May 7, 2020
By: Tiffany Razzano
With restaurants and retailers throughout the state cautiously reopening this week, the city of Tampa has relaxed zoning regulations to allow restaurants to temporarily expand their outdoor seating.
In Phase 1 of his plan to reopen Florida’s economy, Gov. Ron DeSantis allowed restaurants to open at just 25 percent of their usual indoor capacity starting May 4. Tampa’s expanded outdoor seating waives permitting requirements and allows restaurants throughout the city to increase their footprint and welcome additional diners.
The city’s Lift Up Local Economic Recovery Plan calls for 6 feet of social distancing between diners and other safety measures while allowing restaurant owners to utilize sidewalks, private parking lots and some city parking spaces to set up additional tables and chairs.
The 14-day program, which launched May 5, also designates eight “recovery zones” in concentrated areas and calls for the closure of some streets to allow additional seating. Street closures, spread throughout various neighborhoods, include:
- Downtown: Twiggs Street between Tampa Street to Franklin Street; and Franklin Street between Madison Street to Polk Street;
- Hyde Park: Swann Avenue between Oregon Avenue and Rome Avenue; and S. Dakota Avenue/W. Snow Avenue between Swann Avenue and S. Rome Avenue;
- Ybor City: 7th Avenue between 15th Street and 21st Street;
- Tampa Heights: Franklin Street between Kay Street and Palm Avenue;
- West River: Grand Central Avenue between Kennedy Boulevard and Hyde Park Avenue;
- and SOHO: South Howard Avenue between Morrison Avenue and Bristol Avenue.
The SOHO zone will only be closed from 5 to 10 p.m. daily, while other areas will be closed 24 hours a day for two weeks.
“We want to lift up our local businesses through this recovery and empower them to re-open responsibly,” said Mayor Jane Castor in a statement. “By giving our local business owners as many tools and as much space as possible to safely serve guests, we can work together to protect our workforce, our customers and our community. Our small businesses are the backbone of our economy, and we need their help to safely and successfully re-open our city and get back to all the things we love – one step at a time.”
Business leaders and owners have lauded the plan, which Lee Bell, president and CEO of the Ybor City Chamber of Commerce, called “very creative” and “out of the box.”
The expanded outdoor dining and closure of 7th Avenue has reinvigorated the Historic District, bringing hope to business owners, he said. He was “very pleased by the support shown for our restaurants” May 5. These diners also created some foot traffic for retailers, he added.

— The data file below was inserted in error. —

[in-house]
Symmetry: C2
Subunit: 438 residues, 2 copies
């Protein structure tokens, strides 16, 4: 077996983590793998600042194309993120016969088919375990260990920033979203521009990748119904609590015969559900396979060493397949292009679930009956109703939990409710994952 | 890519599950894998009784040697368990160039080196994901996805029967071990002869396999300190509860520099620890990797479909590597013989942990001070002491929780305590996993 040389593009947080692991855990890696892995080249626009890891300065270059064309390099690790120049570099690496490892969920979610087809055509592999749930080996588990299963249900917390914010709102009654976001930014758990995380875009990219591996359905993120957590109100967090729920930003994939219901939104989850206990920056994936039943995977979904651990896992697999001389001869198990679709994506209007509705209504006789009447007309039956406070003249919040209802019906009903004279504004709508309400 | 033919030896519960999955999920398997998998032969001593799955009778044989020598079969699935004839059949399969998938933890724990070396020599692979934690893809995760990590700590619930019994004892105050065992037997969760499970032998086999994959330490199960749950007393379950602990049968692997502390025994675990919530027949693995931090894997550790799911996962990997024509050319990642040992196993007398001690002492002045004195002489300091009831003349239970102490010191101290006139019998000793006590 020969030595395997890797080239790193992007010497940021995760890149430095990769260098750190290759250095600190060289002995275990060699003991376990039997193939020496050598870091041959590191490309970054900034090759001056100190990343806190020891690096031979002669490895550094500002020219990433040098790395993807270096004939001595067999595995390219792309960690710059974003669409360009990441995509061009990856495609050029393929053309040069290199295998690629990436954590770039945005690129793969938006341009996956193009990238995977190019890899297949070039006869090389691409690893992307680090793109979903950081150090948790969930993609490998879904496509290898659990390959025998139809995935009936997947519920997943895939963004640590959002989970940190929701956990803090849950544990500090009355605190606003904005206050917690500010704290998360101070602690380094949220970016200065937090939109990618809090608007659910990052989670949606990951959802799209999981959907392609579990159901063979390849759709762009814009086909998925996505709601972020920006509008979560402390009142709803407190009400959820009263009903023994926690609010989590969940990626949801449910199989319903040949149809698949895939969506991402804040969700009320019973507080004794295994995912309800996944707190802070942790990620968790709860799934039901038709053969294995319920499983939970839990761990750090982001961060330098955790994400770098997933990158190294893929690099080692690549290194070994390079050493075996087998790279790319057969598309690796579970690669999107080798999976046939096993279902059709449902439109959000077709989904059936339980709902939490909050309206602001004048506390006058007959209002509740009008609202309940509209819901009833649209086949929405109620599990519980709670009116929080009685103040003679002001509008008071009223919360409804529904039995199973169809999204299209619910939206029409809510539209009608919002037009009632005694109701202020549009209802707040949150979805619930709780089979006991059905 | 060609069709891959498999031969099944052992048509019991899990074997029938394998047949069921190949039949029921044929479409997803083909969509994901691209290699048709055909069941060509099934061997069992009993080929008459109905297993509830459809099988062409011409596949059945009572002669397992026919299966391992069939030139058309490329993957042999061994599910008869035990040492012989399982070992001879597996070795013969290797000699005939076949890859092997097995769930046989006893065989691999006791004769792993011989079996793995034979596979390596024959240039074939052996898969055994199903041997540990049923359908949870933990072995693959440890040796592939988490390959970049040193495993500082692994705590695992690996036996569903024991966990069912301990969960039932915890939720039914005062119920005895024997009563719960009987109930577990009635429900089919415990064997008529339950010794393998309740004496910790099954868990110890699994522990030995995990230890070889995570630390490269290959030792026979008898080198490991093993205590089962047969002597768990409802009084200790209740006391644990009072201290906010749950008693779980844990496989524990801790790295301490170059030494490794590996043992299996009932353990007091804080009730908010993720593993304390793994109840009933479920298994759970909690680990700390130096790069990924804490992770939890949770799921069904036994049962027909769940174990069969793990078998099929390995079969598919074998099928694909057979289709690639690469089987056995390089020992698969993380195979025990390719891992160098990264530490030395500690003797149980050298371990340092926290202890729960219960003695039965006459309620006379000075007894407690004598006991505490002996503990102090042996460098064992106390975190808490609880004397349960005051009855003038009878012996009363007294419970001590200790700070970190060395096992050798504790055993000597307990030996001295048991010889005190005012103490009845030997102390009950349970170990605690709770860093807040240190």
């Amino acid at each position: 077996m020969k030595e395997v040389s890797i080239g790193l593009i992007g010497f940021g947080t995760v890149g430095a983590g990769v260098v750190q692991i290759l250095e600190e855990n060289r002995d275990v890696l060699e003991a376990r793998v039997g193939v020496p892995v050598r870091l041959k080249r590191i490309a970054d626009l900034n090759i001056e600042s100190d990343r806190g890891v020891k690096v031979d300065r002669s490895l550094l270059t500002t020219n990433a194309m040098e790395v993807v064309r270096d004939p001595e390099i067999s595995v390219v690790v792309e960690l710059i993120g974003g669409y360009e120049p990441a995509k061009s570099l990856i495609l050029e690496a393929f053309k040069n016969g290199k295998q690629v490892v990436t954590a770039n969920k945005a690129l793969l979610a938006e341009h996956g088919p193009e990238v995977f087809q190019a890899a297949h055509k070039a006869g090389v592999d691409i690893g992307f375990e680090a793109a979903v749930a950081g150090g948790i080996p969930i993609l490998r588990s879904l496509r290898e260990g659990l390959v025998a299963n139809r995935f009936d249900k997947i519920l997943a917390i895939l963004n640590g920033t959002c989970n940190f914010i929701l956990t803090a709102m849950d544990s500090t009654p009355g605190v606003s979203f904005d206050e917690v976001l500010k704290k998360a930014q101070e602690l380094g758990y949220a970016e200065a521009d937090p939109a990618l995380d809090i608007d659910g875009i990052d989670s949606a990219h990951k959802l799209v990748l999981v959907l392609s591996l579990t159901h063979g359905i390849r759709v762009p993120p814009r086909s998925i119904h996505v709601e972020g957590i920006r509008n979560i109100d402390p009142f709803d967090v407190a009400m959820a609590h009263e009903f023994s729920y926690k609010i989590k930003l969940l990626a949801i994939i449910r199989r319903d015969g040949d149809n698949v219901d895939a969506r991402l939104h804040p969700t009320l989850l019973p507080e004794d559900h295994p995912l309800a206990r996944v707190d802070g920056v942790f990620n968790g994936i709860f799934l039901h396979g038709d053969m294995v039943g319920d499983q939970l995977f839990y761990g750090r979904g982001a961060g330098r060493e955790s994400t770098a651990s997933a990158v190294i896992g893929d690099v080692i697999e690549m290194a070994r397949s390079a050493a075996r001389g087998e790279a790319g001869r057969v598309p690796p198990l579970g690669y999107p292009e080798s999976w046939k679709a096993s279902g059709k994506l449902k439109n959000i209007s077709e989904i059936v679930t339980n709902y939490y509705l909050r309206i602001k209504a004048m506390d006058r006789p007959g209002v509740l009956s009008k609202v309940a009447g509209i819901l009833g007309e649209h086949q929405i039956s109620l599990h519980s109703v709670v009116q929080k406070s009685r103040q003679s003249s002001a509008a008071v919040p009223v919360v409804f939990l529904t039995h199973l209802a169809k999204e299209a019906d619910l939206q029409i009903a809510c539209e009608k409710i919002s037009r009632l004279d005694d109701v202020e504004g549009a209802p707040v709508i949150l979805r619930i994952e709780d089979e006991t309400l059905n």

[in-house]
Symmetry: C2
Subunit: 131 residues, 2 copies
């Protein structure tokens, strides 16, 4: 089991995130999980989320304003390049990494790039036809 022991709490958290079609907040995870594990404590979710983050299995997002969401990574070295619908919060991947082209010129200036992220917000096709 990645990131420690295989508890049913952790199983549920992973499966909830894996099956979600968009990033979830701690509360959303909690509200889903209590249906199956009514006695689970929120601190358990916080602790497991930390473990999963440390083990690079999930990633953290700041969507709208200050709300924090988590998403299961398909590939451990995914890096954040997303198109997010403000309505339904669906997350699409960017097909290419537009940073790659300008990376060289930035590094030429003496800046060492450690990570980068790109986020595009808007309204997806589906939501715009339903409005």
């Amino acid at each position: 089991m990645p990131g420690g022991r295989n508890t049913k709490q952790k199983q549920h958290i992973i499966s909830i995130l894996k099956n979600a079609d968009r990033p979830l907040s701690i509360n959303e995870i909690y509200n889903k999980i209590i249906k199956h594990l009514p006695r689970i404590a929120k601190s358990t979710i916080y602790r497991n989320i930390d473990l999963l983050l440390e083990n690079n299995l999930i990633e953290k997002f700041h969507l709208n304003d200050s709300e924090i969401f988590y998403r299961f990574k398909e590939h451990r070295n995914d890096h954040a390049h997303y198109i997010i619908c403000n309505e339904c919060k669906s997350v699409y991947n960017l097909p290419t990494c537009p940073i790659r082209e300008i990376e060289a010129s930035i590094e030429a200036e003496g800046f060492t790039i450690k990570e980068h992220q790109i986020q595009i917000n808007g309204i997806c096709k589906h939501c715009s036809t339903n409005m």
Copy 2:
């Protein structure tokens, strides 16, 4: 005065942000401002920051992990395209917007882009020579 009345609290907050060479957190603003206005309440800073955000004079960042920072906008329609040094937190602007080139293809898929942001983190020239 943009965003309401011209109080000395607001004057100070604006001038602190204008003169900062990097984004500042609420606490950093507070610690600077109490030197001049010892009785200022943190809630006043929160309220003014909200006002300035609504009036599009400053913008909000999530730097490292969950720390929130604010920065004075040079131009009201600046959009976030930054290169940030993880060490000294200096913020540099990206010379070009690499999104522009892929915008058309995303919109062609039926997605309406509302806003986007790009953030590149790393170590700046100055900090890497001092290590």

“Ybor City is a place where there is always a lot of energy and it’s sad because that energy hasn’t been here recently,” Bell said. “(The day this plan launched) was the first time I felt that energy in weeks.”
Kelly Flannery, president and CEO of the South Tampa Chamber of Commerce, also appreciates the city’s support.
“We’re obviously excited for businesses to be able to refocus and reopen, and we’re thankful that the city was able to come up with a creative solution for these businesses to be able to maximize space and capacity, and to still be compliant and safe as part of that Phase 1 plan,” she said.
While restaurants and other businesses figure out “what the new normal looks like” during this period of transition, Flannery said the expanded outdoor seating “is an opportunity for us to come out on the other side of this stronger together.”
Ilya Goldberg, owner of The Stone Soup Company in Ybor City, said his business was down about 70 percent during the length of Florida’s stay-at-home order.
“We’re still hurting. We’re still down, but things are looking a little bit better,” he said, nodding to the city’s expanded outdoor seating areas. “Restaurants are able to put as many tables as they want outside without being limited to a specific area. (The idea) really was brilliant. Some of our neighbors don’t have permits and don’t have outdoor seating.”
Neighboring businesses are also working together on plans to draw more customers to the area, including screening movies on the sides of buildings and other events, he said.
He added, “If you were here, it looks like a street party…It seems to be flowing. I think people want to get back to some kind of normal.”
Jason Fernandez, owner of Historic Hospitality, which owns and operates Bernini of Ybor, Carne Chophouse and Tequilas, called the outdoor seating plan “a win-win for everybody.”
The launch of this “temporary creative solution” could not have come on a better day for the restaurant group, he added: Cinco de Mayo.
“What a great kickoff for our grand reopening,” he said. “I couldn’t believe how many people came out to support us…And I couldn’t believe how quickly the city came through with this. Police out there tweaking the barricades, code enforcement. You couldn’t ask for a better support system from this administration.”